[Footnote 1: The Duc de Berri was afterwards Louis XVI.; the Comte de Provence became Louis XVIII.; and the Comte d'Artois, Charles X.]

In the Queen's antechamber we foreigners and the foreign ministers were shown the famous beast of the Gevaudan, just arrived, and covered with a cloth, which two chasseurs lifted up. It is an absolute wolf, but uncommonly large, and the expression of agony and fierceness remains strongly imprinted on its dead jaws.

I dined at the Duc of Praslin's with four-and-twenty ambassadors and envoys, who never go but on Tuesdays to Court. He does the honours sadly, and I believe nothing else well, looking important and empty. The Duc de Choiseul's face, which is quite the reverse of gravity, does not promise much more. His wife is gentle, pretty, and very agreeable. The Duchess of Praslin, jolly, red-faced, looking very vulgar, and being very attentive and civil. I saw the Duc de Richelieu in waiting, who is pale, except his nose, which is red, much wrinkled, and exactly a remnant of that age which produced General Churchill, Wilks the player, the Duke of Argyll, &c. Adieu!



PARIS, Jan. 12, 1766.

I have received your letter by General Vernon, and another, to which I have writ an answer, but was disappointed of a conveyance I expected. You shall have it with additions, by the first messenger that goes; but I cannot send it by the post, as I have spoken very freely of some persons you name, in which we agree thoroughly. These few lines are only to tell you I am not idle in writing to you.

I almost repent having come hither; for I like the way of life and many of the people so well, that I doubt I shall feel more regret at leaving Paris than I expected. It would sound vain to tell you the honours and distinctions I receive, and how much I am in fashion; yet when they come from the handsomest women in France, and the most respectable in point of character, can one help being a little proud? If I was twenty years younger, I should wish they were not quite so respectable. Madame de Brionne, whom I have never seen, and who was to have met me at supper last night at the charming Madame d'Egmont's, sent me an invitation by the latter for Wednesday next. I was engaged, and hesitated. I was told, "Comment! savez-vous que c'est qu'elle ne feroit pas pour toute la France?" However, lest you should dread my returning a perfect old swain, I study my wrinkles, compare myself and my limbs to every plate of larks I see, and treat my understanding with at least as little mercy. Yet, do you know, my present fame is owing to a very trifling composition, but which has made incredible noise. I was one evening at Madame Geoffrin's joking on Rousseau's affectations and contradictions, and said some things that diverted them. When I came home, I put them into a letter, and showed it next day to Helvetius and the Duc de Nivernois; who were so pleased with it, that after telling me some faults in the language, which you may be sure there were, they encouraged me to let it be seen. As you know I willingly laugh at mountebanks, political or literary, let their talents be ever so great, I was not averse. The copies have spread like wild-fire; et me voici a la mode! I expect the end of my reign at the end of the week with great composure. Here is the letter:—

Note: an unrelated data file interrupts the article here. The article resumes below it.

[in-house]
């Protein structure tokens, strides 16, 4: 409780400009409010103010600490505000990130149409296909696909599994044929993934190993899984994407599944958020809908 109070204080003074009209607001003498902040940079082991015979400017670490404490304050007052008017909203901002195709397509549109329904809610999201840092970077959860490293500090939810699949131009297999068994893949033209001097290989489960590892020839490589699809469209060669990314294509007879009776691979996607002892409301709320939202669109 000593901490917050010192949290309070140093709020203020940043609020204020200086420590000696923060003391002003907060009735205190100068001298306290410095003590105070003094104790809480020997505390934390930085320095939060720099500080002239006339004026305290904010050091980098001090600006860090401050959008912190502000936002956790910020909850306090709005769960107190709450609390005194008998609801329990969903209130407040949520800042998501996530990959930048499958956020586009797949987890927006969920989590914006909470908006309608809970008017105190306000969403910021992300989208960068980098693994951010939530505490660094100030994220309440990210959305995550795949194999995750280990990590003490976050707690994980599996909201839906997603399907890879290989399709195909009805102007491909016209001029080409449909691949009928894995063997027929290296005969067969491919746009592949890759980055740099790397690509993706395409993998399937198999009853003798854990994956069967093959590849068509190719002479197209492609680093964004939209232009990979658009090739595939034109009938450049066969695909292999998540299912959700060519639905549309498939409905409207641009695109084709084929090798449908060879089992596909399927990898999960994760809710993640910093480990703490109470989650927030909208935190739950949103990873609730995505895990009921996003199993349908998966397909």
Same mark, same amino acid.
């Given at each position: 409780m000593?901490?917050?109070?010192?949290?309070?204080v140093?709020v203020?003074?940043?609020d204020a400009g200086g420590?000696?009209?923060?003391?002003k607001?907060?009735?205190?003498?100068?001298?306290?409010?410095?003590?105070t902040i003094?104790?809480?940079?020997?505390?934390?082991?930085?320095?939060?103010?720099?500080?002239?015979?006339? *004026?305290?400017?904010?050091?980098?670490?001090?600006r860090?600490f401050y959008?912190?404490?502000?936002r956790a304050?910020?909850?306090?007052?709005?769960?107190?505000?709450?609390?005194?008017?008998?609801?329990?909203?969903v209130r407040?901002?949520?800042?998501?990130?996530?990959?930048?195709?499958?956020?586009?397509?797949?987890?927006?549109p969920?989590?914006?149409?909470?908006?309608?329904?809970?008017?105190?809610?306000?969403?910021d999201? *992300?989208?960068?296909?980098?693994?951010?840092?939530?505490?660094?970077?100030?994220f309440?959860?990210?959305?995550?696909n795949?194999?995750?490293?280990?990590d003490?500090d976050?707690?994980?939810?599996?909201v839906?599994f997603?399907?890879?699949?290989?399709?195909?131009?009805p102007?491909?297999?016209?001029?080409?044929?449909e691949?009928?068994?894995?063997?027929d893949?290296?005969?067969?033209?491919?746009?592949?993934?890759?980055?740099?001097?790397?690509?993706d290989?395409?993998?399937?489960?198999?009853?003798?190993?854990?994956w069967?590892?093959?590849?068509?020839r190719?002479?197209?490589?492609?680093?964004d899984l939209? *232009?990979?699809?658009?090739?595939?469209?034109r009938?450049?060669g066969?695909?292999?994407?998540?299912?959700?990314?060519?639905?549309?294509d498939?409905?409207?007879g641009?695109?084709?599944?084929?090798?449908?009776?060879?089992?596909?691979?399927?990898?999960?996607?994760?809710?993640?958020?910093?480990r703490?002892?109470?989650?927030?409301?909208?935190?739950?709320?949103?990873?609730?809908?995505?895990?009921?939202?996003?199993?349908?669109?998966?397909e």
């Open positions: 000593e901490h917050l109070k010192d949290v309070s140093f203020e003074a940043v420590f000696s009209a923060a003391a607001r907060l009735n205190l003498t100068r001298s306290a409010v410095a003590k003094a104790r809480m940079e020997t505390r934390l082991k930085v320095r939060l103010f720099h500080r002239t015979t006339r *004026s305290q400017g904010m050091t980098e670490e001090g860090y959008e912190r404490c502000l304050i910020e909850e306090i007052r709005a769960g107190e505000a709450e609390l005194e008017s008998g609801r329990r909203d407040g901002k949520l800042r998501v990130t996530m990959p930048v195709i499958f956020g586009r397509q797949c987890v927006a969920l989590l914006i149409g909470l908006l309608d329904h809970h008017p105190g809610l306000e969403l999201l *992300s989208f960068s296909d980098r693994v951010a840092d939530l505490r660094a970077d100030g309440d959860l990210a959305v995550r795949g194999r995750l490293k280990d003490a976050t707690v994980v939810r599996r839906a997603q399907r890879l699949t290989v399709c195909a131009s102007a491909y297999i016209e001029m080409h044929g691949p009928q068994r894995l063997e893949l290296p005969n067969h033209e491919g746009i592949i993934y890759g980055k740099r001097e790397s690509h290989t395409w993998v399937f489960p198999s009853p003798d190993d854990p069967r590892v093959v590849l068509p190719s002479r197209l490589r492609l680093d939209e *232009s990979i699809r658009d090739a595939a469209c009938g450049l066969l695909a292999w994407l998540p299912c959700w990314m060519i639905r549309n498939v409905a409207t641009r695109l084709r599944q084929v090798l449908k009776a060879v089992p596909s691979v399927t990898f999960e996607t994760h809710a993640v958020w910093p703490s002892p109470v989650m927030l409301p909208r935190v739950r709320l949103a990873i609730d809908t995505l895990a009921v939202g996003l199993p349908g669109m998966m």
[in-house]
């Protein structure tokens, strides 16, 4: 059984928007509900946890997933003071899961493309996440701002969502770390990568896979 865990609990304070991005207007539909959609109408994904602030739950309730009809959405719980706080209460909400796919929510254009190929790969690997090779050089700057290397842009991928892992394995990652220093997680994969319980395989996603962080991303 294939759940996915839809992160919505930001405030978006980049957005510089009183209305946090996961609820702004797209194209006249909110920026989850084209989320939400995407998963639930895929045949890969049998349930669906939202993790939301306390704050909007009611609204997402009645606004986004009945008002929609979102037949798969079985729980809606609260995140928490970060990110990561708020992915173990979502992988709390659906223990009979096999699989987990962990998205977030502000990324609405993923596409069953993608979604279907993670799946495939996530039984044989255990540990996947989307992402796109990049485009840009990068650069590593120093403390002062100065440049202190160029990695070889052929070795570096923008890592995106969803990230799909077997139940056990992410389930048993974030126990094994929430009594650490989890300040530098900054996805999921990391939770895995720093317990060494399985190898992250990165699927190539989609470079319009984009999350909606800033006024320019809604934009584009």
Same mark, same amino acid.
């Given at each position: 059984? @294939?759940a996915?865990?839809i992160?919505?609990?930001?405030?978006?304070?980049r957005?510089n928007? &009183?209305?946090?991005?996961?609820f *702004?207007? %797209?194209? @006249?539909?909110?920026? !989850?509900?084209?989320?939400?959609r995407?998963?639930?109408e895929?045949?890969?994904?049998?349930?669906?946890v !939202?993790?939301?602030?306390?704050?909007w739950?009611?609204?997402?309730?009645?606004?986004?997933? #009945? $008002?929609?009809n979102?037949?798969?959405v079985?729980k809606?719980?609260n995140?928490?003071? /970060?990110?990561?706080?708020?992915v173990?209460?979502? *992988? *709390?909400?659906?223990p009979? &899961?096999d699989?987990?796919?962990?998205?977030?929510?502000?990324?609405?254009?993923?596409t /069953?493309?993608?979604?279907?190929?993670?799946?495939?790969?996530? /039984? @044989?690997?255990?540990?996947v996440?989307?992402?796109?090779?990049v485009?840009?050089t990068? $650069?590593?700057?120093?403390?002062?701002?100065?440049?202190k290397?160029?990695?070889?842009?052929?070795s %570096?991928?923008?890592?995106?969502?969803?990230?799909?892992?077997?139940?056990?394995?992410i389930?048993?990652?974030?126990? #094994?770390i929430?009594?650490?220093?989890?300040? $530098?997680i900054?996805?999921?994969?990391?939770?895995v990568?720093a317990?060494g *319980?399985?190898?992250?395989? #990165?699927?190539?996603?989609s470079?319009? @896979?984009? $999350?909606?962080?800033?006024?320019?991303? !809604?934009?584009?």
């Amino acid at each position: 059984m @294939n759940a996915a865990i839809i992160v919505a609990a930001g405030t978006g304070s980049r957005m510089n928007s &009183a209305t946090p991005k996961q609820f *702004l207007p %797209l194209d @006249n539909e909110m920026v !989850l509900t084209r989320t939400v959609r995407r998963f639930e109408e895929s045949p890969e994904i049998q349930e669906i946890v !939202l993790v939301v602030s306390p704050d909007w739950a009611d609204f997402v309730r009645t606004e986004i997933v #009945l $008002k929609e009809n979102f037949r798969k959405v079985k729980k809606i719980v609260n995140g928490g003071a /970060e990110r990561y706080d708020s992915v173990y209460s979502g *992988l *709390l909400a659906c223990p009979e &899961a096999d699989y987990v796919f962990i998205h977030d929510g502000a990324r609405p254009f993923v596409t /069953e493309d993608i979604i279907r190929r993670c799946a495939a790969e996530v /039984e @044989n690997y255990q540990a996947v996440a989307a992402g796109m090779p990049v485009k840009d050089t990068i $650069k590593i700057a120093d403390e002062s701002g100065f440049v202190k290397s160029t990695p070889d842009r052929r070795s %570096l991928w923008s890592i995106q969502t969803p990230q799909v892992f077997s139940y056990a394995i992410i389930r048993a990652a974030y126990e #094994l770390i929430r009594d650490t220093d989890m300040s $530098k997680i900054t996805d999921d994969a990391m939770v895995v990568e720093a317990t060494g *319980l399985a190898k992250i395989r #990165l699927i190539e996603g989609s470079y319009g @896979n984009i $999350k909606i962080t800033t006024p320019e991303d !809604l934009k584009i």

Vous avez renonce a Geneve votre patrie; vous vous etes fait chasser de la Suisse, pays tant vante dans vos ecrits; la France vous a decrete. Venez donz chez moi; j'admire vos talens; je m'amuse de vos reveries, qui (soit dit en passant) vous occupent trop, et trop long tems. Il faut a la fin etre sage et heureux. Vous avez fait assez parler de vous par des singularites peu convenables a un veritable grand homme. Demontrez a vos ennemis que vous pouvez avoir quelquefois le sens commun: cela les fachera, sans vous faire tort. Mes etats vous offrent une retraite paisible; je vous veux du bien, et je vous en ferai, si vous le trouvez bon. Mais si vous vous obstiniez a rejetter mons secours, attendez-vous que je ne le dirai a personne. Si vous persistez a vous creuser l'esprit pour trouver de nouveaux malheurs, choisissez les tels que vous voudrez. Je suis roi, je puis vous en procurer au gre de vos souhaits: et ce qui surement ne vous arrivera pas vis a vis de vos ennemis, je cesserai de vous persecuter quand vous cesserez de mettre votre gloire a l'etre.

Votre bon ami,